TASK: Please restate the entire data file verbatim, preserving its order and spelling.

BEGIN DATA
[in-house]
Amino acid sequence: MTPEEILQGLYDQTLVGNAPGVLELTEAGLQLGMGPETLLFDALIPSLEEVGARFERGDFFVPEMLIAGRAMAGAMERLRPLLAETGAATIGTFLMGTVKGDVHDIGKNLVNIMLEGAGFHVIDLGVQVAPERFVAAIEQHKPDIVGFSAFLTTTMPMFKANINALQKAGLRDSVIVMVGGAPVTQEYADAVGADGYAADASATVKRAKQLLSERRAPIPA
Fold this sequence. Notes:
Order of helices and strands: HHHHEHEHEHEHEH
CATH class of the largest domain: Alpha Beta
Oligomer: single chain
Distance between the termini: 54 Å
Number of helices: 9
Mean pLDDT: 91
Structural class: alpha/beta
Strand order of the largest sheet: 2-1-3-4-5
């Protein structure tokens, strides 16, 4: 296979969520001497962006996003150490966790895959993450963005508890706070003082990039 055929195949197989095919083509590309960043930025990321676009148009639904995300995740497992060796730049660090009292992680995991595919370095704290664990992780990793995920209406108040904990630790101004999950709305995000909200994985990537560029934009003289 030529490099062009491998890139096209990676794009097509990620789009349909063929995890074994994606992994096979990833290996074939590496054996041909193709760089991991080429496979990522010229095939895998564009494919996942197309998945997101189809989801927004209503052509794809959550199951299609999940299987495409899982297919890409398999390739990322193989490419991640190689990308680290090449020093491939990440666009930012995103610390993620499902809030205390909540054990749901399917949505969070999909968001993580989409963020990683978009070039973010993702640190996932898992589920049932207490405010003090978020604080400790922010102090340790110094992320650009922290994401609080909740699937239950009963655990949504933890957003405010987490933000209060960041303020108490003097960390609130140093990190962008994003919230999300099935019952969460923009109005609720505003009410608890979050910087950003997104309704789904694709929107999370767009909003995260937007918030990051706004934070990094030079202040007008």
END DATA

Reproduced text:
[in-house]
Amino acid sequence: MTPEEILQGLYDQTLVGNAPGVLELTEAGLQLGMGPETLLFDALIPSLEEVGARFERGDFFVPEMLIAGRAMAGAMERLRPLLAETGAATIGTFLMGTVKGDVHDIGKNLVNIMLEGAGFHVIDLGVQVAPERFVAAIEQHKPDIVGFSAFLTTTMPMFKANINALQKAGLRDSVIVMVGGAPVTQEYADAVGADGYAADASATVKRAKQLLSERRAPIPA
Fold this sequence. Notes:
Order of helices and strands: HHHHEHEHEHEHEH
CATH class of the largest domain: Alpha Beta
Oligomer: single chain
Distance between the termini: 54 Å
Number of helices: 9
Mean pLDDT: 91
Structural class: alpha/beta
Strand order of the largest sheet: 2-1-3-4-5
């Protein structure tokens, strides 16, 4: 296979969520001497962006996003150490966790895959993450963005508890706070003082990039 055929195949197989095919083509590309960043930025990321676009148009639904995300995740497992060796730049660090009292992680995991595919370095704290664990992780990793995920209406108040904990630790101004999950709305995000909200994985990537560029934009003289 030529490099062009491998890139096209990676794009097509990620789009349909063929995890074994994606992994096979990833290996074939590496054996041909193709760089991991080429496979990522010229095939895998564009494919996942197309998945997101189809989801927004209503052509794809959550199951299609999940299987495409899982297919890409398999390739990322193989490419991640190689990308680290090449020093491939990440666009930012995103610390993620499902809030205390909540054990749901399917949505969070999909968001993580989409963020990683978009070039973010993702640190996932898992589920049932207490405010003090978020604080400790922010102090340790110094992320650009922290994401609080909740699937239950009963655990949504933890957003405010987490933000209060960041303020108490003097960390609130140093990190962008994003919230999300099935019952969460923009109005609720505003009410608890979050910087950003997104309704789904694709929107999370767009909003995260937007918030990051706004934070990094030079202040007008």